The leak can be located anywhere on the sealed loop. Hydronic radiators go "on" and "off" by whether a pump is running, and perhaps also a single valve on the radiator itself blocking or allowing flow, but they are connected the loop at all times unless there are valves completely closing off both supply and return paths, which would be unusual. So a leak can be in that portion without running the heat.

I would hope that at merely 18 months of age since newly installed your heating system supplier/installer would sort this out without additional charge, if its a defect in their work or the boiler itself.

  • 1
    On the one hand, thanks for this clarification -- I didnt realise that the water loop remained connected when turned off (I assumed a valve or similar). On the other hand. "Oh shit I've got a leak, somewhere". 😆😒
    – Martin
    Commented Dec 6, 2022 at 14:44
  • 1
    @Martin See additional edit. I do hope it applies. Ah. perhaps not - You've been there 18 months but the boiler predates that as "new-ish." Ugh.
    – Ecnerwal
    Commented Dec 6, 2022 at 14:49
  • Thanks. To be clear; if the pressure level on the boiler is decreasing but there's not a corresponding drop on cold pressure (even when it was 0.3bar the cold tap was working ok), I can assume that the leak is within/behind the boiler ring(s) rather than in any cold pipes? Cheers
    – Martin
    Commented Dec 6, 2022 at 14:56
  • And yes, the boiler was installed brand new just prior to our purchase of the property. However we do have the paperwork from them and the boiler will probably be under guarentee for 5years or so, I'm sure. 🤞
    – Martin
    Commented Dec 6, 2022 at 14:58
  • 1
    Right - you obviously have adequate supply pressure to the flat, so I would expect both cold water and hot water taps to run fine (since hot water for taps is not in the "sealed" portion of the boiler, even though it's heated by the boiler - though we have different boiler naming conventions to aid "separated by a common language." The portion of the boiler to which you have to add pressure due to the leak will be the closed loop, with the radiators (since the other part would just drip and be refilled by the mains with no loss in pressure.) Glad to hear it should be under guarantee after all.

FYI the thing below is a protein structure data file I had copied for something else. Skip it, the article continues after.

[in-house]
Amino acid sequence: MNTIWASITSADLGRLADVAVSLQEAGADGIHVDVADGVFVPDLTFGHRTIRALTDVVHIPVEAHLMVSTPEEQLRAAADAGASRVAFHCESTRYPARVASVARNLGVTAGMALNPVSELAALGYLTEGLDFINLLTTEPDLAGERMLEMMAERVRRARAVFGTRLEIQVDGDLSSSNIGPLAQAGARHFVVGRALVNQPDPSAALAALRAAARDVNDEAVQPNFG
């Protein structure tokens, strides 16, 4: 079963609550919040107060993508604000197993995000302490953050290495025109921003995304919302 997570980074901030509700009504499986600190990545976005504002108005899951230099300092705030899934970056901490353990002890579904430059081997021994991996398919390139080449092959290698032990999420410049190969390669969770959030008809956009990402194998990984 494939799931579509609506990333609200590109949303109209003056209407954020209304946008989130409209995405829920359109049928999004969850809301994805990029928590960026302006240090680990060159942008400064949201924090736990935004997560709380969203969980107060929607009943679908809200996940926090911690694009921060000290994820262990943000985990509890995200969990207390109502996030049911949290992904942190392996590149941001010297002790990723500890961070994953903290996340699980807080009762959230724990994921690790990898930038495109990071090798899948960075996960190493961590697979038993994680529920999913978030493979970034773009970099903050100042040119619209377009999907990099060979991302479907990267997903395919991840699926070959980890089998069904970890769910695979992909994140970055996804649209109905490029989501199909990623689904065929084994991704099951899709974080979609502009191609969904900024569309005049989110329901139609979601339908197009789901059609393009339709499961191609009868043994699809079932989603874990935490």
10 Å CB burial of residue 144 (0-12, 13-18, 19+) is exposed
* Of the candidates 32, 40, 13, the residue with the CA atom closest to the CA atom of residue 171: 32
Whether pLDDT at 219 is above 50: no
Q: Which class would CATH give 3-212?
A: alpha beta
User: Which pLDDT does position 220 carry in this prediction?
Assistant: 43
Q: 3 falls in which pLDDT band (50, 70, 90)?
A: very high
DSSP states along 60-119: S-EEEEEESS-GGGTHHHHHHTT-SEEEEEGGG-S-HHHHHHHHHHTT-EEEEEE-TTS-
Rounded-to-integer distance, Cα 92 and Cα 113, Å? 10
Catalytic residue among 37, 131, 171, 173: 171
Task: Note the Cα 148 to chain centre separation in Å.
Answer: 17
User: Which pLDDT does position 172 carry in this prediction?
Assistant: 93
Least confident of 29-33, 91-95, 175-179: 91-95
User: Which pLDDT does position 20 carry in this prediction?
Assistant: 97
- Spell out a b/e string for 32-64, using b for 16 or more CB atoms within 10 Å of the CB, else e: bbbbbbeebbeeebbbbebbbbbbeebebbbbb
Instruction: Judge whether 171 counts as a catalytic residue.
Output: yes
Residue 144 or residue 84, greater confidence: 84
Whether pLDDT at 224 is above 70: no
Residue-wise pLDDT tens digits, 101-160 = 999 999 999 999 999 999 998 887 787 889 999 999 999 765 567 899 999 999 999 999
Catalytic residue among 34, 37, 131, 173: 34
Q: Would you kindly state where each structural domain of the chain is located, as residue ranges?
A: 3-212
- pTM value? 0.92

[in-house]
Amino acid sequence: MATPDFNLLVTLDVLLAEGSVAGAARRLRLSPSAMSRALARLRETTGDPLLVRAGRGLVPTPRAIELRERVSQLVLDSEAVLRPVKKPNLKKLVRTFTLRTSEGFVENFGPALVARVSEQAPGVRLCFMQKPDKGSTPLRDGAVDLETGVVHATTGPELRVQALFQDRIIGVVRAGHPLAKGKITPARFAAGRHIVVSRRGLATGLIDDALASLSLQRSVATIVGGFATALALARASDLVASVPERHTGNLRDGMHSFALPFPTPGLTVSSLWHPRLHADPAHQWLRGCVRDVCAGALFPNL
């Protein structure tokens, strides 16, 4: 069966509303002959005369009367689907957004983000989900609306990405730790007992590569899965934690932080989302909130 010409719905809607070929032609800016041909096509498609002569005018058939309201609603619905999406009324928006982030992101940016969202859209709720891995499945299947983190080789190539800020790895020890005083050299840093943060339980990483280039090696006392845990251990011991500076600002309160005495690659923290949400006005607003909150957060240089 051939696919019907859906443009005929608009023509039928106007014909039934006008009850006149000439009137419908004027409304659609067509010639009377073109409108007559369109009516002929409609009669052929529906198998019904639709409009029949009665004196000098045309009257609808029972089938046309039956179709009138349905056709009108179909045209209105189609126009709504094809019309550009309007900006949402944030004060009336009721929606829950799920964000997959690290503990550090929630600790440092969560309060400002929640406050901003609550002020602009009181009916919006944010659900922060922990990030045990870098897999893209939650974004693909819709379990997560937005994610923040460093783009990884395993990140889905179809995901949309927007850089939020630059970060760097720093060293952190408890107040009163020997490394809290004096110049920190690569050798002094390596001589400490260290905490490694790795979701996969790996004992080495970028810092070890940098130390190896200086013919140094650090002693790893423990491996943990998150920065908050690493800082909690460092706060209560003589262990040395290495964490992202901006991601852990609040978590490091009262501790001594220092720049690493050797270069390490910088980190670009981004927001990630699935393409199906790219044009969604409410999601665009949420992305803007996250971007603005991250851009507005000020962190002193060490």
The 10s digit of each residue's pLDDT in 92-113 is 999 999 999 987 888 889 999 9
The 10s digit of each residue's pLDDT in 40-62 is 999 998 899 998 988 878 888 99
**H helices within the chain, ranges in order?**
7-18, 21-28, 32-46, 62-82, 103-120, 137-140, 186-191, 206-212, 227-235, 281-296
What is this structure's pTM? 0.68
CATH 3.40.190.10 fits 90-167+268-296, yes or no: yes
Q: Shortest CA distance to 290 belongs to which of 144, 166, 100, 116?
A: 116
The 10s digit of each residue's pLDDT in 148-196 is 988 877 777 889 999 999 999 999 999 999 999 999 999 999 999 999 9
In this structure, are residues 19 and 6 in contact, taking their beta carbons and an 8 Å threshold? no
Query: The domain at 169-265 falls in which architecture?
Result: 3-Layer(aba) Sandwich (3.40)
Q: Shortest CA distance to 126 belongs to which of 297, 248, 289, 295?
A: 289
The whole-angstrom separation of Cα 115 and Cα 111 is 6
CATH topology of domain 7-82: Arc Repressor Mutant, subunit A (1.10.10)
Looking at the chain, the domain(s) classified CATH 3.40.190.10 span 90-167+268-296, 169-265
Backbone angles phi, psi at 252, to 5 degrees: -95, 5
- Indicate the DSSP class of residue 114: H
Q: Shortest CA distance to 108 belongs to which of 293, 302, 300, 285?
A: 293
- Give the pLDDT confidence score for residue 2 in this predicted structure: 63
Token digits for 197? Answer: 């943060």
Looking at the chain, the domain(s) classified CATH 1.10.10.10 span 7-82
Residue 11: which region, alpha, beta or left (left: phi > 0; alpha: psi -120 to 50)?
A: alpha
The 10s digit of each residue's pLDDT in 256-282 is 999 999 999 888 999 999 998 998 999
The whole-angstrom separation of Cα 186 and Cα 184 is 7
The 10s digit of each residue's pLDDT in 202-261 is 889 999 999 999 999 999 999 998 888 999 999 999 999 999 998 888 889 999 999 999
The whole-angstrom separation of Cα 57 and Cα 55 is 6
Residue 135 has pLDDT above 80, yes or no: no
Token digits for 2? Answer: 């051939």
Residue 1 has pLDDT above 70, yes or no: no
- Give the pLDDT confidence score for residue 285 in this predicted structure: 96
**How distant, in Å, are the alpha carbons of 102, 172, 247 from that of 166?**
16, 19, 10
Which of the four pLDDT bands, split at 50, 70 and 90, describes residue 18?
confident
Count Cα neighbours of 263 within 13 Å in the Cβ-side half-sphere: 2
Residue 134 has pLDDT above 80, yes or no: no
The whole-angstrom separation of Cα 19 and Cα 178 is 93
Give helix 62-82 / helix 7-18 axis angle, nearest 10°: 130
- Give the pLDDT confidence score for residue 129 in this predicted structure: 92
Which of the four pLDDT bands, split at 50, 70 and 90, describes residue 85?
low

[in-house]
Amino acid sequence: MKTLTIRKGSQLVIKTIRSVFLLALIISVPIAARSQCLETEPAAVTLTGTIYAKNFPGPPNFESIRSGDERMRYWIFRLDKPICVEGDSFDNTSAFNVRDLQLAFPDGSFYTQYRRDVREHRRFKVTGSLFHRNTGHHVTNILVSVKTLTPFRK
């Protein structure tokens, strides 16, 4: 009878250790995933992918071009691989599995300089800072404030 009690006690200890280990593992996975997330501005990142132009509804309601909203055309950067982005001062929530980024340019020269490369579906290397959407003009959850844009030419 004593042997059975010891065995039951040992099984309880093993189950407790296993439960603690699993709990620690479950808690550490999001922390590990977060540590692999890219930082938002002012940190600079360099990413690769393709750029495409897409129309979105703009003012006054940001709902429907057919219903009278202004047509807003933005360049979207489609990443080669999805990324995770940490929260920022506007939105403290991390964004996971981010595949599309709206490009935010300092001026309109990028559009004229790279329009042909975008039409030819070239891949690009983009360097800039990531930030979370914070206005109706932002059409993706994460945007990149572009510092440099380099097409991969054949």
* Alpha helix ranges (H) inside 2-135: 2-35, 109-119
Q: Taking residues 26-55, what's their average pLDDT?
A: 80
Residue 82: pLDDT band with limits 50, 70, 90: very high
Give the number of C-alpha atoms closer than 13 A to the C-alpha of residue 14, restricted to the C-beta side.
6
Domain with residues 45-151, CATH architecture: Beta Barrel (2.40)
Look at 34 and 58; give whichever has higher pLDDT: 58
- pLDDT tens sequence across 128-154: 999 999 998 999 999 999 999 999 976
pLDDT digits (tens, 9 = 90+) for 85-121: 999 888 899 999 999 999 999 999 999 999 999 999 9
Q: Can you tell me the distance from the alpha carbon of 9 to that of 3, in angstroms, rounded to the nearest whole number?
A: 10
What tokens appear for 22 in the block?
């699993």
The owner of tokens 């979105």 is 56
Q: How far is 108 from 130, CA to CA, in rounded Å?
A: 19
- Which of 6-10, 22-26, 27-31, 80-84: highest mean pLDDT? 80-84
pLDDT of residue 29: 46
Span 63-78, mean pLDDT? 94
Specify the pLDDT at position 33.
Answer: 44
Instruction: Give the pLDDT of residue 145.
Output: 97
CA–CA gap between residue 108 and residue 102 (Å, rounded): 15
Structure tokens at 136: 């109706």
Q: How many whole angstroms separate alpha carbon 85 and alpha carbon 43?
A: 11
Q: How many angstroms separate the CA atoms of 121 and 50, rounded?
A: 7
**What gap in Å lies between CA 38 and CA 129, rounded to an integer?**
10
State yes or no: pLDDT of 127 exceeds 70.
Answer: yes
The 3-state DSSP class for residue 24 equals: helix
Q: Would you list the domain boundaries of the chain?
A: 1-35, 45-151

– Ecnerwal
    Commented Dec 6, 2022 at 15:02

Presumably your boiler has a bladder-type expansion tank. If so, the bladder may have failed. The gas pressure in the bladder would force bubbles into the hydronic system, where they would be accumulated and eliminated by an automatic air vent. This may be the cause of your slowly falling pressure.

If this is the case, your expansion tank will eventually lose all of its air and it will be completely full of water. The next time the heating system warms up after that, there will be a pressure spike because the warmed, expanded water will have no place to go, and (hopefully) your safety pressure relief valve will spill some water on the floor to reduce system pressure.

If the Schrader valve on your expansion tank points downward, release a tiny bit of air from it by pressing the center pin. If water comes shooting out instead of air, the tank is failed and it must be replaced.

  • Would I be able to qualify this by waiting for the pressure to fall to certain base level (eg 0.8bar)? The pressure originally fell to under 0.3 bar (minimum operating pressure) which feels like the bladdar wouldn't be big enough to reduce the pressure by this amount (1+ bar).
    – Martin
    Commented Dec 6, 2022 at 16:09
  • I have opened the boiler and found the valve you mention and this ejects high pressure air and no water. Thanks.
    – Martin
    Commented Dec 6, 2022 at 16:32
  • 3
    @Martin I was expecting an external expansion tank! See page 54 of the manual you referenced. It appears that the Schrader valve is on the side of the tank, so if the bladder is less than half flooded, you won't get water spraying out. It's worth checking anyway, and it looks like it's readily accessible by removing one external panel. Note that if the bladder in the expansion tank is completely flooded and all of your piping is copper (no PEX), the boiler pressure can go from 0 when cold to safety release when hot, i.e., 2+ bar.
    – MTA
    Commented Dec 6, 2022 at 16:34